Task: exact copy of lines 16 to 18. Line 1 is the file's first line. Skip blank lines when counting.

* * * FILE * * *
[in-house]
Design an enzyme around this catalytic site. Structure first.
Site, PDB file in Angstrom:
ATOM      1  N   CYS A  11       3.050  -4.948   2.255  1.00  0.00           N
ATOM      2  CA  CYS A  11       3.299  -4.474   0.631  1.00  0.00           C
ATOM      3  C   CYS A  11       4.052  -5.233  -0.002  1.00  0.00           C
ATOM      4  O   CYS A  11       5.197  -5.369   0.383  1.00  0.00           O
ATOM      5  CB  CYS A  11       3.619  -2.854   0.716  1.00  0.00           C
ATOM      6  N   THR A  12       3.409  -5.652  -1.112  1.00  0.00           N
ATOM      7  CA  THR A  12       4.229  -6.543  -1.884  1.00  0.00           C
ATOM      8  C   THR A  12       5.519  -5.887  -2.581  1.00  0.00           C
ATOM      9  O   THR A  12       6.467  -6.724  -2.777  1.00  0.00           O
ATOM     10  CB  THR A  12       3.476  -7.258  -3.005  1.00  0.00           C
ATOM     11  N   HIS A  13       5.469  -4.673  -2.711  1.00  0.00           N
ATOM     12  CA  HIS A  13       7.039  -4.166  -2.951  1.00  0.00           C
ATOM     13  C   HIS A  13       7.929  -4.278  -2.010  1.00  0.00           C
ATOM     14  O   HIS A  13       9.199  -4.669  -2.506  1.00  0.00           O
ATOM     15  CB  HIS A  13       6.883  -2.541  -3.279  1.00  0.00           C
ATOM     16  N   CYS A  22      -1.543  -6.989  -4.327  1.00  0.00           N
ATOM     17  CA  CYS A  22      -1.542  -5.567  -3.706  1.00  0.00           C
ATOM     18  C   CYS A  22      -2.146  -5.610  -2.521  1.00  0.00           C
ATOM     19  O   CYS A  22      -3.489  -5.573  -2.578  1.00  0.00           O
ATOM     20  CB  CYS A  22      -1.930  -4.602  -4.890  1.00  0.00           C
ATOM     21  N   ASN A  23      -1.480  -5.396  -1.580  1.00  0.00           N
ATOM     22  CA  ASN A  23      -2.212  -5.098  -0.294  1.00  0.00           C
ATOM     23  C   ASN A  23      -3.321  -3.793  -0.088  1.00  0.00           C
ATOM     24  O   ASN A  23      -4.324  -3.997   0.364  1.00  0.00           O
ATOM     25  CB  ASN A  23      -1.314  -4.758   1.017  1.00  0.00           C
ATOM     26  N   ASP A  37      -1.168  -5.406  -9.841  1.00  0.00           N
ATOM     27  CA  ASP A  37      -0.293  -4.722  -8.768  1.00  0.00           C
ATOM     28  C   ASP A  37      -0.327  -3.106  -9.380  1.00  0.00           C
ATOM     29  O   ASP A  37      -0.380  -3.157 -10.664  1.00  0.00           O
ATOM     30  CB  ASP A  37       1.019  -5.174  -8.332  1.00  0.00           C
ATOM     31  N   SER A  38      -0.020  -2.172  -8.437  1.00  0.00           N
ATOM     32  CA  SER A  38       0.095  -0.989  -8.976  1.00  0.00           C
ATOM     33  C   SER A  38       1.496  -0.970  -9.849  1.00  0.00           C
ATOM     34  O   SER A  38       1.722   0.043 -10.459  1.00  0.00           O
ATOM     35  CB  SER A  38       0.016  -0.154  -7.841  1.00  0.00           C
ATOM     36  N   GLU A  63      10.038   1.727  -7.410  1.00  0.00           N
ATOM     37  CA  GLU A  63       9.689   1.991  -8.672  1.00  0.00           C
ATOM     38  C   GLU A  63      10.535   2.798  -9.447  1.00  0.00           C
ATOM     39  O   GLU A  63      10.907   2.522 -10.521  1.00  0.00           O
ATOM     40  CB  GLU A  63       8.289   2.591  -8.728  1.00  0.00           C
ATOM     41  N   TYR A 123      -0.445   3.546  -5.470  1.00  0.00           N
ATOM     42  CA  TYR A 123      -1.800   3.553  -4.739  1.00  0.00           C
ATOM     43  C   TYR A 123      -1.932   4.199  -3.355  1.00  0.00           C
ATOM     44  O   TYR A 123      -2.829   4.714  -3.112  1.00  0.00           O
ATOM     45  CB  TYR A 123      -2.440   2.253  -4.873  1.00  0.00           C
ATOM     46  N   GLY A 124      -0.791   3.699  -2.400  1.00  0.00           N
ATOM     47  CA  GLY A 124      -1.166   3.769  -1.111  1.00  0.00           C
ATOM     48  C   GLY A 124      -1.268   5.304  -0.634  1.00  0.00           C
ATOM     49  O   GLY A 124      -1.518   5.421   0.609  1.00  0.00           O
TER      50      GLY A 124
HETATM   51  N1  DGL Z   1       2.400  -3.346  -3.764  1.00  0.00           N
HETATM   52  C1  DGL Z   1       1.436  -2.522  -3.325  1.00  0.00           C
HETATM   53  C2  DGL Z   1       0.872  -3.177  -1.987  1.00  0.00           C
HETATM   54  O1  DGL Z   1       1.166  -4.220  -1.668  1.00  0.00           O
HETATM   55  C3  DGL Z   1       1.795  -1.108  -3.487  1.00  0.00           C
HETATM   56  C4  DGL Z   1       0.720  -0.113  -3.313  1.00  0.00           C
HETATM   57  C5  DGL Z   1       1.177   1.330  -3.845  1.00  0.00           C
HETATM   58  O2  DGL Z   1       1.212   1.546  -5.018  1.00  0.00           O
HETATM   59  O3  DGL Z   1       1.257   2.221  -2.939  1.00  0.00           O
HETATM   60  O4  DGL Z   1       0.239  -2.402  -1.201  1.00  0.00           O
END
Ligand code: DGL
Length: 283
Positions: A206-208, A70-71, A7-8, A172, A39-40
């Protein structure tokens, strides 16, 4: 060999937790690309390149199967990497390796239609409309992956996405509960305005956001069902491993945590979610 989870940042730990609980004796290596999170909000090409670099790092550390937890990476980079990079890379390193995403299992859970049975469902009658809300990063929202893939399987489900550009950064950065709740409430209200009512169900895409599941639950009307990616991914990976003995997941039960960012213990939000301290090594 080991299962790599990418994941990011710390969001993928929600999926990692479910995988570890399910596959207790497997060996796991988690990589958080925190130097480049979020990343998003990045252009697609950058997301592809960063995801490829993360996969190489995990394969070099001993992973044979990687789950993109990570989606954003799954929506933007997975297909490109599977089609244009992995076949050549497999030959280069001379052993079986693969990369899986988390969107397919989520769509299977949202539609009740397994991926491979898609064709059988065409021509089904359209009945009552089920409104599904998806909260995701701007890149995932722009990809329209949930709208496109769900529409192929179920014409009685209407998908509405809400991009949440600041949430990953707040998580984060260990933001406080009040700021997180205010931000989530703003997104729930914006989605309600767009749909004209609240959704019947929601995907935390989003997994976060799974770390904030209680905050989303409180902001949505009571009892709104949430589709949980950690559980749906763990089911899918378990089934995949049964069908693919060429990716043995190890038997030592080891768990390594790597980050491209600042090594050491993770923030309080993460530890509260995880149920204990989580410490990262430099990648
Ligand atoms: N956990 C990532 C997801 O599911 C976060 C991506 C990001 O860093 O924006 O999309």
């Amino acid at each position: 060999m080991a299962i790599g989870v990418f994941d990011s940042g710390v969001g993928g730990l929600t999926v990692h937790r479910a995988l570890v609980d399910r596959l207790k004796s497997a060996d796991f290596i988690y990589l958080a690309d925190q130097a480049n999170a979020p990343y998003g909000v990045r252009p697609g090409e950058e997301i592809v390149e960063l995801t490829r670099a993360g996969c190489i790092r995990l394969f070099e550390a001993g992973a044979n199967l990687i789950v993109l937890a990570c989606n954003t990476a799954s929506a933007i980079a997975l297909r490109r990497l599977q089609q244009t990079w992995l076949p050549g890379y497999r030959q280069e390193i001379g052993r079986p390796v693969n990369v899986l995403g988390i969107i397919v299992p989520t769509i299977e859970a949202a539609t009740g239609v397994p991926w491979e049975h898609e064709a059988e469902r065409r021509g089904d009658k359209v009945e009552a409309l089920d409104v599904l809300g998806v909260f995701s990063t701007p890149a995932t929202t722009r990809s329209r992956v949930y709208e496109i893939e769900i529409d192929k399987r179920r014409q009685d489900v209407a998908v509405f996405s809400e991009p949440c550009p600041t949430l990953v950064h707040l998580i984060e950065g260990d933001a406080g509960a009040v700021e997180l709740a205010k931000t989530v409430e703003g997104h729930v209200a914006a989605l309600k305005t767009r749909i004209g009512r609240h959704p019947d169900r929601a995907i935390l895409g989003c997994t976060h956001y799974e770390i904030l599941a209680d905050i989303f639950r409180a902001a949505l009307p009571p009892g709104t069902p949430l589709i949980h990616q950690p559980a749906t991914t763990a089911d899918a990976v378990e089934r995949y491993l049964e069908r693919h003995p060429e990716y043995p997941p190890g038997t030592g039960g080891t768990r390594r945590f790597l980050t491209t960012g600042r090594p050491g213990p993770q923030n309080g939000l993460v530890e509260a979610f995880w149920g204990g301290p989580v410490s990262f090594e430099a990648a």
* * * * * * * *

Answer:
ATOM     13  C   HIS A  13       7.929  -4.278  -2.010  1.00  0.00           C
ATOM     14  O   HIS A  13       9.199  -4.669  -2.506  1.00  0.00           O
ATOM     15  CB  HIS A  13       6.883  -2.541  -3.279  1.00  0.00           C